PP 124: Finding and Sharing Your Authentic Voice with Wes Yee

Quick Show Notes: Wes Yee

My friend, Wes Yee, and I have a fascinating discussion about various entrepreneurial topics, including impact vs. income, the feeling of “work”, and the importance of self-care.

.@wesyeemusic and @thekimsutton discuss various entrepreneurial topics, including impact vs. income, the feeling of 'work', and the importance of self-care. https://thekimsutton.com/pp124 #authenticity #impactvsincome #entrepreneur #selfcareClick To Tweet

Resources Mentioned

13 Hours in Benghazi by Mitchell Zuckoff

No Quit Living

Episode Transcription: Wes Yee

Kim Sutton: Welcome back to another episode of Positive Productivity. I am so happy that you’re here and I am thrilled to have my friend West Yee with us today.

Wes is a musician, artist and speaker and owns Wes Yee Music. Welcome, Wes. I’m so happy to finally get you on.

Wes Yee: Kim, thank you for having me.

Kim Sutton: Oh, you’re so welcome. Can you share please with the audience a little bit about your backstory because it’s so fascinating.

Wes Yee: Yeah, totally.

So I guess I’m a somewhat recent college grad, I think I might be a little bit younger than some of the other guests. But, uh, between graduating and now, I guess I’ve learned a lot, entrepreneurially.

Wes Yee: I graduated from Berklee College of Music, where I studied music production and audio engineering. And while I was there, I actually got my first credit recording a number one best selling audio book. It was called 13 Hours in Benghazi, which later went on to become a feature film, and then that lead to other things. That led to me getting some credits that ended up on TV like MTV, VH1, Oxygen, E and some other networks and different sports arenas and stuff like that.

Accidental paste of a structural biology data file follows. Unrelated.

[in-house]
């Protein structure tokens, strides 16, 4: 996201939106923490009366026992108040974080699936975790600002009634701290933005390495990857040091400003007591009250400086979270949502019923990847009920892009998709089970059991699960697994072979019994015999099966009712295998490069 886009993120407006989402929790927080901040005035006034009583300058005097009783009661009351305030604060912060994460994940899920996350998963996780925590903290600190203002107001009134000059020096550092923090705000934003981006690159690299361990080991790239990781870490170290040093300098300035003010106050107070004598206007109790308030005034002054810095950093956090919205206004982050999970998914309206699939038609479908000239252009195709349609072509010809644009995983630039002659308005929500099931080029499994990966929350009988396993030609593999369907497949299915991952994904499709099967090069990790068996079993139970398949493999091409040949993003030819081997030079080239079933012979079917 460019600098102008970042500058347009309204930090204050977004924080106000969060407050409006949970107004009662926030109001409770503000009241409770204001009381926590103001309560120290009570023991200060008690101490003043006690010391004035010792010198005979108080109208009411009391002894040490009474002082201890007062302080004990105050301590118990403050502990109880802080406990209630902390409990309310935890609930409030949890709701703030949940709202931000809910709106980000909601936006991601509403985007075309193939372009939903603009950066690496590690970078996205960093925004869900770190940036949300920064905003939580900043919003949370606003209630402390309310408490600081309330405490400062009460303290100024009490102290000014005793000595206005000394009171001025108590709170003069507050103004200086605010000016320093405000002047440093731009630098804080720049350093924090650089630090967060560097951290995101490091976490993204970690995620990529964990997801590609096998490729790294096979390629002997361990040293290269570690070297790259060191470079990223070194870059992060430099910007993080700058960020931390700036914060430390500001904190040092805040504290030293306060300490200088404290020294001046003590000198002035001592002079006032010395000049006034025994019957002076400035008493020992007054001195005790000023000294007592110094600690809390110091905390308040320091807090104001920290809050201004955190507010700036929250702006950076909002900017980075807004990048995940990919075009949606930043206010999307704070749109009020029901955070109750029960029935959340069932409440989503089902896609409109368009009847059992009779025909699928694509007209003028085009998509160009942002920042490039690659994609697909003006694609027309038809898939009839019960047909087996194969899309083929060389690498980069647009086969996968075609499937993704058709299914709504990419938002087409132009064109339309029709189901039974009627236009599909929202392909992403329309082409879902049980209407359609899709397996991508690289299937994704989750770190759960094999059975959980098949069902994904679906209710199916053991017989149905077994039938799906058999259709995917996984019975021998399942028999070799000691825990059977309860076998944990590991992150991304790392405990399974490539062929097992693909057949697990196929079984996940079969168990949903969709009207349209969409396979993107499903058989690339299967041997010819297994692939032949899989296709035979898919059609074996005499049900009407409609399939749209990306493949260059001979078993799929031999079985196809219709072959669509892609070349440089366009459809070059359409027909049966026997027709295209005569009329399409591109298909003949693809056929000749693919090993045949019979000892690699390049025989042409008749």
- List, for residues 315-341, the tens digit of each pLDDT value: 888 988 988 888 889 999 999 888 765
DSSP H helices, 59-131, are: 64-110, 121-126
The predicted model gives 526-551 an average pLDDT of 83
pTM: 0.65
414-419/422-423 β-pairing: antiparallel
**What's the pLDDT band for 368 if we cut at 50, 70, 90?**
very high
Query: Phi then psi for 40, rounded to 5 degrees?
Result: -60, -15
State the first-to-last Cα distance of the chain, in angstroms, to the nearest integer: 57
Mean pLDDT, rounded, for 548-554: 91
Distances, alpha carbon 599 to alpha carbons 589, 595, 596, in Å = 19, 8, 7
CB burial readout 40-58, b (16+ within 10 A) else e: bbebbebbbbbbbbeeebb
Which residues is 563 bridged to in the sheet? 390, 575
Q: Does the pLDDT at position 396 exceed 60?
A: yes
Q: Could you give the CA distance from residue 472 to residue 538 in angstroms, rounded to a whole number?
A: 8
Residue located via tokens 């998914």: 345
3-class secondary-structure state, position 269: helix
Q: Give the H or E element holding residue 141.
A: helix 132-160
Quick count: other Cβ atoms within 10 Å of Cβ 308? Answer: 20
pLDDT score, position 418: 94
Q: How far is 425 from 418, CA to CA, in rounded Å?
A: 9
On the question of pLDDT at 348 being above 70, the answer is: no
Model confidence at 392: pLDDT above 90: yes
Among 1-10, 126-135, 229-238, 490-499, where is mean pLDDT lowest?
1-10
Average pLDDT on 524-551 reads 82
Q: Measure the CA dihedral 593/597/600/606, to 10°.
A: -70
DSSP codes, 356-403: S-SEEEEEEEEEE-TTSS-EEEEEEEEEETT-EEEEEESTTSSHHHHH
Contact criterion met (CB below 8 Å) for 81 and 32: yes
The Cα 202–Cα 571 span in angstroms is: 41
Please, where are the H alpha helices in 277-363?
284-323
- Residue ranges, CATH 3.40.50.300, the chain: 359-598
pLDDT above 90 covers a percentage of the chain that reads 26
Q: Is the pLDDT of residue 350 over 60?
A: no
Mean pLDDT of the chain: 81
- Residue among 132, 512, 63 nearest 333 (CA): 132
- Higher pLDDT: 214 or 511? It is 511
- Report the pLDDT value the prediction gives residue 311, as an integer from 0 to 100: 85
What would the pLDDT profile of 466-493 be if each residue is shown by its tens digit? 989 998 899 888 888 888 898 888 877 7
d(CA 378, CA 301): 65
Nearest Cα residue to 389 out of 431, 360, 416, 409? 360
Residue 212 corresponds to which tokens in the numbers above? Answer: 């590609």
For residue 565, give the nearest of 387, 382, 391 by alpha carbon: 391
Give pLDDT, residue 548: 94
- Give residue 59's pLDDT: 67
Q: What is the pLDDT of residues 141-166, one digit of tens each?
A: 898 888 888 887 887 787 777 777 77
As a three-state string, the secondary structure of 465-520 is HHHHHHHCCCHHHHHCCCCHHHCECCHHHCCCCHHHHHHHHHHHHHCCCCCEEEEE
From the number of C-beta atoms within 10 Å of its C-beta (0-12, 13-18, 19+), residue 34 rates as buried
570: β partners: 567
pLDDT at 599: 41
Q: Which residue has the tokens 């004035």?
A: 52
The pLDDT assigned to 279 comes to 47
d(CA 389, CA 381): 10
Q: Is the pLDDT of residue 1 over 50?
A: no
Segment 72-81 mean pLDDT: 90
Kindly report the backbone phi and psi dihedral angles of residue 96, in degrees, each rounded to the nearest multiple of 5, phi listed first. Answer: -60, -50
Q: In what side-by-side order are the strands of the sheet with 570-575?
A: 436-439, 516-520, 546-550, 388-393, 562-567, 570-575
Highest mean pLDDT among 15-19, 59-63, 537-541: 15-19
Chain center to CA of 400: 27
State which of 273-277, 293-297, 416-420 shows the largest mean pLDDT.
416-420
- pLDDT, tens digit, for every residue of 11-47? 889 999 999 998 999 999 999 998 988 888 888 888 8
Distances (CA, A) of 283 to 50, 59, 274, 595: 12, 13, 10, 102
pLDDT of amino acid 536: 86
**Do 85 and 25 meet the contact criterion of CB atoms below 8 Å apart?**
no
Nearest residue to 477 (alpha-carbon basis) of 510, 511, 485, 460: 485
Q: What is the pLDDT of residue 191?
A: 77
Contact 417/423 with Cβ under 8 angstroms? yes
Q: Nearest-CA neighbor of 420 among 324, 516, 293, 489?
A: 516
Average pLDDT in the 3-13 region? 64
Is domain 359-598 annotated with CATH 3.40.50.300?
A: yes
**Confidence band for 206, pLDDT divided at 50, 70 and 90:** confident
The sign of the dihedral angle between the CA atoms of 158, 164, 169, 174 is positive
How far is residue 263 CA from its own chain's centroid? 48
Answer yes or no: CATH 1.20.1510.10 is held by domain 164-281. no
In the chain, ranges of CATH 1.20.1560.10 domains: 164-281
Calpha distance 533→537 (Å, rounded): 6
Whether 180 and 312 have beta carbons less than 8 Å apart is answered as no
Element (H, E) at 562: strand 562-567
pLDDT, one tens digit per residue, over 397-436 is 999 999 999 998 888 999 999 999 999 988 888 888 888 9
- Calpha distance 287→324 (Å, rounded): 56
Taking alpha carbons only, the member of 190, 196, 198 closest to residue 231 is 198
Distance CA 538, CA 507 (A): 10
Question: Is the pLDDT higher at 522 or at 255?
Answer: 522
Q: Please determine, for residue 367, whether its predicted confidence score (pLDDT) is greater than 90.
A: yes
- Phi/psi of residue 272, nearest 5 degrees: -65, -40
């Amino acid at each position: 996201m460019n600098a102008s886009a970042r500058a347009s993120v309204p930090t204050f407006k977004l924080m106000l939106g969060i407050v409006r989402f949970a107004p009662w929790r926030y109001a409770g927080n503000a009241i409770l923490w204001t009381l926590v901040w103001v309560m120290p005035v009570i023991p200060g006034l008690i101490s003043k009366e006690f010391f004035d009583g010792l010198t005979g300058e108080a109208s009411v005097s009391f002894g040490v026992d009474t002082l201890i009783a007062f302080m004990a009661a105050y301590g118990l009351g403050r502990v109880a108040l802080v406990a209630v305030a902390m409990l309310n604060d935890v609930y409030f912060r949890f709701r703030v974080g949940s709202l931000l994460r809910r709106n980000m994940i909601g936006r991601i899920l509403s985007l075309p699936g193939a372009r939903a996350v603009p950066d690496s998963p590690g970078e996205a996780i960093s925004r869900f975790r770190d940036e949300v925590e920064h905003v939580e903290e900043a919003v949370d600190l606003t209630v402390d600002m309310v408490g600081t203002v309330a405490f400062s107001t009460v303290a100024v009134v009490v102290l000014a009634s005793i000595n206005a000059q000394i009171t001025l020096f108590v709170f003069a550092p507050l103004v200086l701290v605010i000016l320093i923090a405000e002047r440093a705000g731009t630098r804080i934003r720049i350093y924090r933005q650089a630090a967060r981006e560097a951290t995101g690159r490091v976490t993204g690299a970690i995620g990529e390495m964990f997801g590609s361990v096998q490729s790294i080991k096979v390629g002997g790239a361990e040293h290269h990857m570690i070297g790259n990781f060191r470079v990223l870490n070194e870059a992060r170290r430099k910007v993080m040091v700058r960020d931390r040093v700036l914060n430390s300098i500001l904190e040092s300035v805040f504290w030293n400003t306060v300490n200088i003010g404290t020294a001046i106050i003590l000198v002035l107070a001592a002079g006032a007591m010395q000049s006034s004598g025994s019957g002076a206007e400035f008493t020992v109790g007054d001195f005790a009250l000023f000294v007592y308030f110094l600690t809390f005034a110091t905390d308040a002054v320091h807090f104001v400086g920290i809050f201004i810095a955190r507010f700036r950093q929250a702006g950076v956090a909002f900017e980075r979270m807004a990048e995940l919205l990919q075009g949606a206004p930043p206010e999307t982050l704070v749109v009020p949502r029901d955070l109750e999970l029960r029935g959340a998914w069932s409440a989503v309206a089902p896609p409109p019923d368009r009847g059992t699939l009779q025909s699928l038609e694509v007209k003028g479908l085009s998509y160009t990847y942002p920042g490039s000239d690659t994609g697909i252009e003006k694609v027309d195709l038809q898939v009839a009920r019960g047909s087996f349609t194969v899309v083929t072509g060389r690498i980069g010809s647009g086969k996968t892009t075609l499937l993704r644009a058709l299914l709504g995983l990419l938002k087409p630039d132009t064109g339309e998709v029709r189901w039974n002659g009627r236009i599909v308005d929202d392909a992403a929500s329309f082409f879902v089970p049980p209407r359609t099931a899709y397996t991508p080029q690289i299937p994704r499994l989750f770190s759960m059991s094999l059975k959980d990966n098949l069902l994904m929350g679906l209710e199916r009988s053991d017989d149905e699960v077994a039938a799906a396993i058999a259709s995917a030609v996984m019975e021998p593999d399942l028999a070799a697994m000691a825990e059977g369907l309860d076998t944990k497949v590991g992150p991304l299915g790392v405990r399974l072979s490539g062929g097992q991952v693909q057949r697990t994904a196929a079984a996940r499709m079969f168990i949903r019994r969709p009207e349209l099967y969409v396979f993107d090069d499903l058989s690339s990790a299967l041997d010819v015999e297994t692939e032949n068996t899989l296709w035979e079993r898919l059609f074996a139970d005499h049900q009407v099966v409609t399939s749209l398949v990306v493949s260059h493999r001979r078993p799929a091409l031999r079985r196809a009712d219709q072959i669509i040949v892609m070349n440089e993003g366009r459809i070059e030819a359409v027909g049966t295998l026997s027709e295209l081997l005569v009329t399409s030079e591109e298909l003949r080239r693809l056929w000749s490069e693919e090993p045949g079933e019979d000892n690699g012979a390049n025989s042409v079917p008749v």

Wes Yee: So if there’s anything I’ve learned, it’s that I guess one thing kind of leads to another because then from there, I started doing jingles for the radio, and doing things like that.

Wes Yee: And I’ve always wanted to be an artist and be the face of my own brand, but for whatever reason, back in the day, I didn’t do it. And recently I’ve been able to get rid of the fear of being judged on social media and kind of putting myself out there like that, and being the face of a brand. And that’s kind of the project that I’m putting the most focus on right now.

Kim: I have two things to say about all that.

First off. Age is just a number.

Wes Yee: True

Kim: I mean, yes, I have gray hairs that probably giveaway more about my age than I would like it.

Wes Yee: I’ve never seen them.